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Last update: 1 July 2022 h. 10:44
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Youth pick up the recycling gauntlet

A group of unemployed youth has started a business in Lusaka where the youth pick through the city's garbage, sort it out, and sell what they can.
Gershom Ndhlovu and Benedict Tembo

The community of Chipata Township, initially an unplanned settlement in Zambia's capital city of Lusaka, has a problem typical of all major urban centres: people have littered the area with plastic shopping bags, papers, vegetable matter, and other forms of waste that they have carelessly tossed aside.

But a group of unemployed young people there is trying to pick things up. Members of the Asaza [meaning youth in one of the local languages] Community Project are clearing waste from Chipata Township and earning money for it at the same time.

Among the objectives of the Asaza Community Project is to collect garbage, sort it out into recyclable waste, and sell that waste to certain businesses. For instance, the young people collect and sell bones to ceramic manufacturers, who use the bones in their production processes.

Material that cannot be reused or recycled is taken for dumping in designated areas. "We came up with this project when we saw that there was so much waste lying around in our locality," said Raymond Banda, one of the initiators of the project. "We thought we can clean up and make money in the process. We have identified some companies where we can be selling some of the waste we will be collecting."

Asaza members have since constructed brick structures in strategic places in the township with compartments for various categories of waste for residents to throw in instead of littering.

Daniel Mulenga, Lusaka City Council spokesman, disclosed in an interview that the city of more than two million inhabitants generates approximately 1,000 tonnes of waste daily, which the local authority has no capacity to handle.

"The major constraint is that we do not have enough equipment," said Mulenga. "We only have three refuse trucks and three tractors to service the whole city. But certain areas need to be serviced every day, like the town centre (or central business district) but at the moment we only service it twice in a week.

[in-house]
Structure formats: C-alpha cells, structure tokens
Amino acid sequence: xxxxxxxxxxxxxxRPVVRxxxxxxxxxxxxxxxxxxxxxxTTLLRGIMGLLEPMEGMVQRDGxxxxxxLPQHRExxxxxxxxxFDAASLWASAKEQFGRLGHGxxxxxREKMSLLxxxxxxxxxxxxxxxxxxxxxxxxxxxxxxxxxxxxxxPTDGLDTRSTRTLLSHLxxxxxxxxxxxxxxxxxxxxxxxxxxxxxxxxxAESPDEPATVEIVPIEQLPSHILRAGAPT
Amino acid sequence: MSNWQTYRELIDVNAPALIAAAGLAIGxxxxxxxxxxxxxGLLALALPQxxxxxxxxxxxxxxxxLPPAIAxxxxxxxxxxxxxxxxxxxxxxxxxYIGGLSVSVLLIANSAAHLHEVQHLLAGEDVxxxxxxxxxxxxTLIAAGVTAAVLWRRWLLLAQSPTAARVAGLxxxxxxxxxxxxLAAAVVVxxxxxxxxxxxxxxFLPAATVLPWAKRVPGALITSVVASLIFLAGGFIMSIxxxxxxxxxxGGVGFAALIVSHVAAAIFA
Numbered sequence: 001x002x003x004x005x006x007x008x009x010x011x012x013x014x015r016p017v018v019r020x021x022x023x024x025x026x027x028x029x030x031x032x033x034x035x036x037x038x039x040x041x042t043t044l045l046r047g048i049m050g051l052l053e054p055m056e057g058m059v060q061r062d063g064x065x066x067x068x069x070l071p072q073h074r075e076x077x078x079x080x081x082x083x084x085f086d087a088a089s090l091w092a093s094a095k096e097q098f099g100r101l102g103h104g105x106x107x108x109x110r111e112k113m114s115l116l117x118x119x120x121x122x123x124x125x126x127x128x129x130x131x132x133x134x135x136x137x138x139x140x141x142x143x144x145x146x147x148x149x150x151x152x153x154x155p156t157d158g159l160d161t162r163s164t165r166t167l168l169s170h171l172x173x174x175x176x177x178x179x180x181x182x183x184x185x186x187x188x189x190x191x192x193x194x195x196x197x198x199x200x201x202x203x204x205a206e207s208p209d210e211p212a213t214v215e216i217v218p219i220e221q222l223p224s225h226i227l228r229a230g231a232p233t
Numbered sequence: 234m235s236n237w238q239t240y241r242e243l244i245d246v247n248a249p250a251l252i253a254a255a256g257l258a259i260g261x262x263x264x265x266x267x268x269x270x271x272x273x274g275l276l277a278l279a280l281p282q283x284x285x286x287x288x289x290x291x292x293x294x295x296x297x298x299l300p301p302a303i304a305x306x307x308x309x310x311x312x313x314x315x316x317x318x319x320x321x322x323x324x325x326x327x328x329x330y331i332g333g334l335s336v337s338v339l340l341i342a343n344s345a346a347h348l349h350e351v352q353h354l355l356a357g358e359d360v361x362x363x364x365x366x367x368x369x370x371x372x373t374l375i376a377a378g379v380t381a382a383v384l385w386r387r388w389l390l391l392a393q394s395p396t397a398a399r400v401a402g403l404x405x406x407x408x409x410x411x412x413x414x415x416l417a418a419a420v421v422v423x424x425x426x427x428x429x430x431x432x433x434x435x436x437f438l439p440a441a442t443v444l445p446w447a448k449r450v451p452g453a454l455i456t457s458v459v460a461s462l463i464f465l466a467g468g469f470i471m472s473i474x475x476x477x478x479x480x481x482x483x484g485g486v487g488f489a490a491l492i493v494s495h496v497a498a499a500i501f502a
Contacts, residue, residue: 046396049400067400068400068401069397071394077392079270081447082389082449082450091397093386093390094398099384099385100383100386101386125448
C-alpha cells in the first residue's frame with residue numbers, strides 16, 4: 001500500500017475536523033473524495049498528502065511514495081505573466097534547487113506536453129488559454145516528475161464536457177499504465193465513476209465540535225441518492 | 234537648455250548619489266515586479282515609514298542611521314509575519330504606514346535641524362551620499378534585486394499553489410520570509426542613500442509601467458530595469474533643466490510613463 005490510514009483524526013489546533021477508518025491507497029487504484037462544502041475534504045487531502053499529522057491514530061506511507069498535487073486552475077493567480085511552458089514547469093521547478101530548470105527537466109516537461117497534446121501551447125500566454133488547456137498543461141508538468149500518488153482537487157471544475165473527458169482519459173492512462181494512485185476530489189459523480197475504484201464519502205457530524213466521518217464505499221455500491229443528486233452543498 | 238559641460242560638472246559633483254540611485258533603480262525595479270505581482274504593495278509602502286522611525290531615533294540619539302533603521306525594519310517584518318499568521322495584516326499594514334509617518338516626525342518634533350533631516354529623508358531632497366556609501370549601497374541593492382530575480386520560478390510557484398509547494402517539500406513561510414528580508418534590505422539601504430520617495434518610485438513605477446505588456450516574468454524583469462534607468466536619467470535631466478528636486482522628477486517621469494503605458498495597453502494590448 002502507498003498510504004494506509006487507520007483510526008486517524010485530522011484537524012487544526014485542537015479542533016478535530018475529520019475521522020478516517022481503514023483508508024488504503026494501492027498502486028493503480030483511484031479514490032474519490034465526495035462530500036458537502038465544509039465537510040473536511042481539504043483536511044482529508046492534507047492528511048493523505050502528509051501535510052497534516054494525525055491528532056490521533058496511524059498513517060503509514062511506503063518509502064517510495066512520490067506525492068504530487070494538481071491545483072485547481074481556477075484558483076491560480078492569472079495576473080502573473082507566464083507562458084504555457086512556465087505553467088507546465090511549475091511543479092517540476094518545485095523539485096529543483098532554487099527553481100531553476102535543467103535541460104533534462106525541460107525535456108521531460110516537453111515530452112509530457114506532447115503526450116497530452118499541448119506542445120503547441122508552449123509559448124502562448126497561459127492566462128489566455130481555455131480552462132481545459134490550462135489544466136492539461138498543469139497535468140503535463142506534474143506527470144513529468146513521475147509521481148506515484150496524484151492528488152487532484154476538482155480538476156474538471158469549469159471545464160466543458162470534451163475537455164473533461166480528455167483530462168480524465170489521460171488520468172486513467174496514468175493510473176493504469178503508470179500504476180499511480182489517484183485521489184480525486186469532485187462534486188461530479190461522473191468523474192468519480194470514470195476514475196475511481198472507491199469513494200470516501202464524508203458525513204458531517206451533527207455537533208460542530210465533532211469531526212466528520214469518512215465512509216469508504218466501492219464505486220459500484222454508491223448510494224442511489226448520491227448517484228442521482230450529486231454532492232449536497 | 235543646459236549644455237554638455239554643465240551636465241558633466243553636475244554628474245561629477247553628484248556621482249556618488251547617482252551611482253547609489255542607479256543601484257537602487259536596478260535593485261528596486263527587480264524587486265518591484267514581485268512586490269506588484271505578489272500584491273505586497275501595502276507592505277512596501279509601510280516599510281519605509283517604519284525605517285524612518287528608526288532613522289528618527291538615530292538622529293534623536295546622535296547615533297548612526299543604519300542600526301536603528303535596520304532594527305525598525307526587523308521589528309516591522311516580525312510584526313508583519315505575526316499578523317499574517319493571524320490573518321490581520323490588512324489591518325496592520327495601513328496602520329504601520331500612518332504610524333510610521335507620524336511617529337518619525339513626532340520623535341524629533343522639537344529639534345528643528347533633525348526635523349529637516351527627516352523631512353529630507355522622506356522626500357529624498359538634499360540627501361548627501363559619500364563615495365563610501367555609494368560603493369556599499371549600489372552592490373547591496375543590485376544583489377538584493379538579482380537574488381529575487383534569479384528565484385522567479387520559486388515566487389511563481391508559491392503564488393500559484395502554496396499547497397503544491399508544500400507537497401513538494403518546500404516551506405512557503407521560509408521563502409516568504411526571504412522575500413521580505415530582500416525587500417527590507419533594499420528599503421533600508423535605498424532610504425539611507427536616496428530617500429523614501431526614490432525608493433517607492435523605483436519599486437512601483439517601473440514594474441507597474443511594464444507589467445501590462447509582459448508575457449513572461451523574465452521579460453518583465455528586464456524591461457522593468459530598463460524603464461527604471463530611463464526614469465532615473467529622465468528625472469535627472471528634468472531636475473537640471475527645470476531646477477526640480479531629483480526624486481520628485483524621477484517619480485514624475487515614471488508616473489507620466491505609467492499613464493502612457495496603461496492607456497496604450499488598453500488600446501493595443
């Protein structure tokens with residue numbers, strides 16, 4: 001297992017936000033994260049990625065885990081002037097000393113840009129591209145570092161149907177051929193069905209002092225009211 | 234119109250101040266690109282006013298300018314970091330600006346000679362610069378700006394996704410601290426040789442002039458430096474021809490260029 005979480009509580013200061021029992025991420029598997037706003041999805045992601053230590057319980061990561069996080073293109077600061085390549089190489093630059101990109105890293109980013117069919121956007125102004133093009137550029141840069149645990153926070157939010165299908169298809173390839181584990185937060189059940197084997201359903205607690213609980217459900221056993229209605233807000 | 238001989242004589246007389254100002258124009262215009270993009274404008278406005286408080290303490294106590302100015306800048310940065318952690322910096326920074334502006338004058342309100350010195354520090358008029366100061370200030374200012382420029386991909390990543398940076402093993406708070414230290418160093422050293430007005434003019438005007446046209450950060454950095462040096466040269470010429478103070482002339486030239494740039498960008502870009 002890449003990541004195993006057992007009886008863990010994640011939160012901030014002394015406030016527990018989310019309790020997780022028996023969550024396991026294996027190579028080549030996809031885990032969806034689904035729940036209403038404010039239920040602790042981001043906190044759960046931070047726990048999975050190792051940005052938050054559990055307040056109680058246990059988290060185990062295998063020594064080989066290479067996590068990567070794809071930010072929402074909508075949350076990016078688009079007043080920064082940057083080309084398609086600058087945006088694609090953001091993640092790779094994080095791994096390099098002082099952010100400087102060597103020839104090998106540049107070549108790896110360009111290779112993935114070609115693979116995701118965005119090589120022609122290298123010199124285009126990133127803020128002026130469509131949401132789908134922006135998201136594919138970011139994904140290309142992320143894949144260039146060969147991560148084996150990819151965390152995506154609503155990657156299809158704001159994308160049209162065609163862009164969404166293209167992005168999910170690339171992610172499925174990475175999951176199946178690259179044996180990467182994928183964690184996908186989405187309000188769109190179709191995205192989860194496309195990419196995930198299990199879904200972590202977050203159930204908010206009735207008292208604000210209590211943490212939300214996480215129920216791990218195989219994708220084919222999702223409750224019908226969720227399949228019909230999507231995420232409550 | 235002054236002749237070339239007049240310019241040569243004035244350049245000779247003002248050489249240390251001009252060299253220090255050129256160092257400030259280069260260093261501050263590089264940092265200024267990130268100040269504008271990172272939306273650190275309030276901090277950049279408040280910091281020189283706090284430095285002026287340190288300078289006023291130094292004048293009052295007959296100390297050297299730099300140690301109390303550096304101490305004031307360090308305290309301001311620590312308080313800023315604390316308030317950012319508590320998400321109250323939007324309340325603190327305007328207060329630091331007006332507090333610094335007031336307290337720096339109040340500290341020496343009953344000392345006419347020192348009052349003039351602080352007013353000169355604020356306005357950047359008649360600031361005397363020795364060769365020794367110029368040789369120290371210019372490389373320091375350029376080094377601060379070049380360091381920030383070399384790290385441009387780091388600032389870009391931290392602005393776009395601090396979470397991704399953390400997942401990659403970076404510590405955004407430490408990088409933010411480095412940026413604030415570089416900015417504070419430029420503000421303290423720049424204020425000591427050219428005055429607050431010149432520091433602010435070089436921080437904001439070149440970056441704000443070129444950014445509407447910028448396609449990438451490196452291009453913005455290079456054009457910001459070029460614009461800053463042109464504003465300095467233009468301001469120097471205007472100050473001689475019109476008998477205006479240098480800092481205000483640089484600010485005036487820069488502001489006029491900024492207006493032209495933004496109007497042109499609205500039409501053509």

"We need 100 trucks to service the city properly. Then, we would touch all the areas in the city," Mulenga said, adding that the three tractors are in the process of being phased out because they are not suitable for the purpose.

But what has made matters worse for Lusaka, which is growing at a very fast rate with mostly unplanned settlements, is that the Environmental Council of Zambia (ECZ) closed the only legal dumping site near Libala Township, south east of the city, more than one year ago to prevent the site from contaminating the underground water supply that is the source of most of the water used in the city. The ECZ is a quasi-governmental organization.

Another factor is that the area around the Libala dumping site has been zoned for residential development; people have already started building their houses there. The council has had to grapple with finding another dumping site. It is currently using what used to be an illegal dumping site near a cemetery in Chingwere area on the northern outskirts of the city.

"ECZ has allocated us a temporary site next to the Chingwere cemetery," said Mulenga. "Once we secure a permanent place, we have to remove all the garbage from there to the new site."

He disclosed that the Danish Development Agency (DANIDA) is giving the council funds and materials to set up a new dumping site for which several sites have been identified. Part of the money will also be used to rehabilitate the Libala dumping site.

Kwali Mfuni, ECZ's senior environmental education and communications officer, admitted in an interview that Zambia's waste management practices are far from good. She disclosed that ECZ and other stakeholders are coming up with a strategy to coordinate waste management through a consultative process that is already on the way.

Mfuni said businesses need to supplement local authorities that lack resources for waste management. "In fact, the private sector has come in strongly in Lusaka and the Copperbelt Province [where most of the mines and related industries are situated] into waste management," she said. "But the problem is that most of these companies are just transporting waste and not running dumping sites."

These companies, she said, only operate in low- and medium-density areas where residents paid nominal fees to have their waste removed on a regular basis, leaving the sprawling high-density areas unattended to.

Mfuni also said that local authorities did not comply fully with the conditions set by ECZ for running a dumping site. One of these conditions include stationing permanent staff at the site who should not only sort out waste into biodegradable and non-biodegradable materials, but also prevent scavengers from removing condemned foodstuffs, some of which finds its way back into the community.

As the ECZ publication, Enviro-Line, notes in the September - December 2001 issue, Zambia is producing more waste than ever before. The publication says that it is sad to note that councils that have the responsibility to manage waste in their areas do not have the capacity to do so.

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